A biopsy needle will then be inserted into the bone marrow, and a syringe will be used to remove the liquid portion from the bone marrow. This will cause a sharp, brief pain sensation that will quickly pass.

A biopsy of the bone marrow will then be taken.

After the needle is removed, pressure will be applied for 5-10 minutes or until bleeding stops.

How do I prepare for the procedure?

How do I prepare for the procedure?

There is no preparation needed, as there are no restrictions. Take your usual medications. You may eat before the test.

If you have an allergy to Lidocaine, let your Physician or Nurse Practitioner know.

What is a bone marrow biopsy and aspiration?

What is a bone marrow biopsy and aspiration?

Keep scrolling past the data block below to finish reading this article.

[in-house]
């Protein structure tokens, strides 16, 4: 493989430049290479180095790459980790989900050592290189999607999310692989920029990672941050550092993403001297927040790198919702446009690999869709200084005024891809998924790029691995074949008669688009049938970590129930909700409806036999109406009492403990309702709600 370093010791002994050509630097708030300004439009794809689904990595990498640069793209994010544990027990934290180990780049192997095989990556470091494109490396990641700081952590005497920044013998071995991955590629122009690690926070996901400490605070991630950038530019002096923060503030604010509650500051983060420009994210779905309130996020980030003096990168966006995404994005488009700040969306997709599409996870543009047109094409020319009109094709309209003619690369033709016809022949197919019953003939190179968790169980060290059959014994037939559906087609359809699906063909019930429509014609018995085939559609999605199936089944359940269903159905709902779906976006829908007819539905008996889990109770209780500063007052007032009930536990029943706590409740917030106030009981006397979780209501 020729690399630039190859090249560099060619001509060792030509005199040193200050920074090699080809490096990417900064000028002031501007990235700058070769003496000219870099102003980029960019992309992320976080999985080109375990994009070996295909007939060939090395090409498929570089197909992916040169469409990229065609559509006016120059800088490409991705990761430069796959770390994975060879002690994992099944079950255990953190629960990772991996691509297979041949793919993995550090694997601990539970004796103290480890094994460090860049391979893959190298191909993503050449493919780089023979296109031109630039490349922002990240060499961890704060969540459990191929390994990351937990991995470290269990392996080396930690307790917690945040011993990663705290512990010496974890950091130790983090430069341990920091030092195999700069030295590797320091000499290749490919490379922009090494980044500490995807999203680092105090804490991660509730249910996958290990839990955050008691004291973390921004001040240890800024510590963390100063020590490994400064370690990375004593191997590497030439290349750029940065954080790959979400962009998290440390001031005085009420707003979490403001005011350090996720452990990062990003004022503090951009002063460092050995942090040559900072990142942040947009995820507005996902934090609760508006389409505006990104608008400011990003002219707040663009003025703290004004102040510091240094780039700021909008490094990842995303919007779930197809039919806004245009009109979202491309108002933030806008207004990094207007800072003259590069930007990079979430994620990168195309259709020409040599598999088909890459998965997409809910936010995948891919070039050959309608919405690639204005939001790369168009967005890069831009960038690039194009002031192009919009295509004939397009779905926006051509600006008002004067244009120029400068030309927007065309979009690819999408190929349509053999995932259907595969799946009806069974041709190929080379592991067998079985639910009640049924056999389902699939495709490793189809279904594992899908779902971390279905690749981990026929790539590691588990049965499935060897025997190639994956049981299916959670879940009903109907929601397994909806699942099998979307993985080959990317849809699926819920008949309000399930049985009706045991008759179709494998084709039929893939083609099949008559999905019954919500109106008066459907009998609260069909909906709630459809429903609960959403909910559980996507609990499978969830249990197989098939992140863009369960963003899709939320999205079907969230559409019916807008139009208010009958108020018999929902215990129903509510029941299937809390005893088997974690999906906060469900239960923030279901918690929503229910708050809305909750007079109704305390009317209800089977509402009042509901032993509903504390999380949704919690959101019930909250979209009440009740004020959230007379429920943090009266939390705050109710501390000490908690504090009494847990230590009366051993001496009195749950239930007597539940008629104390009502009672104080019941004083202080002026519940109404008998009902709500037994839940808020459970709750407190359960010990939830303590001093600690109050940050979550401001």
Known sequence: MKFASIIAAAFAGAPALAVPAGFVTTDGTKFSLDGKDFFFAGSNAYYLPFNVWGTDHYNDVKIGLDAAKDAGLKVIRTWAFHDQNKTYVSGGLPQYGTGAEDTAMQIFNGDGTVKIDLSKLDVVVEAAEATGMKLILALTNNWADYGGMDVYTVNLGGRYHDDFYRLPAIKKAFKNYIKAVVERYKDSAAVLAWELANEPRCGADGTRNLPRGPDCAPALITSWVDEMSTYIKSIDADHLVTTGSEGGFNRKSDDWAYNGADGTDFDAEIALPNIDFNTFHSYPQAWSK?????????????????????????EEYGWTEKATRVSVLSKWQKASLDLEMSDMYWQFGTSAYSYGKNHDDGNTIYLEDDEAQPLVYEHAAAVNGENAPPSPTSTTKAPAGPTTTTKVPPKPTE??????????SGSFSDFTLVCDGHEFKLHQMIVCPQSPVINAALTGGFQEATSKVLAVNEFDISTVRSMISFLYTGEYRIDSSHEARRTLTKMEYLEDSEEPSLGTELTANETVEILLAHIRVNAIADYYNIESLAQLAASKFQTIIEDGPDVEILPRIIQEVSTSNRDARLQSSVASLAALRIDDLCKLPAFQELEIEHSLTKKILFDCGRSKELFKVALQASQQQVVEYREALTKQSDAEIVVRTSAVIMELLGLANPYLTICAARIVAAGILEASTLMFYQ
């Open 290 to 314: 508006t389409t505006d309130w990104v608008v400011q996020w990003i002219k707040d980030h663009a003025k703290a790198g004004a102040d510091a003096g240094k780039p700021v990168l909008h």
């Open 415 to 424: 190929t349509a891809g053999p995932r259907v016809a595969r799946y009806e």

Bone marrow is spongy tissue found inside some of your large bones, such as your pelvis. They contain stem cells that turn into white blood cells, red blood cells and platelets. A biopsy is the insertion of a needle to remove a small piece of tissue and blood from the bone marrow.

A bone marrow examination offers detailed information about the condition of your blood cells. Your bone marrow is the central place of where blood cells are formed, so an examination gives detailed information of the types, amount and condition of your blood cells. It specifically can be studied for the presence of:

  • Diseases involving the formation of blood cells
  • Cancer cells
  • Chromosome irregularitie
  • Iron storage
  • Monitor the effects of therapy such as chemo
What tests will be performed for chemotherapy?

What tests will be performed for chemotherapy?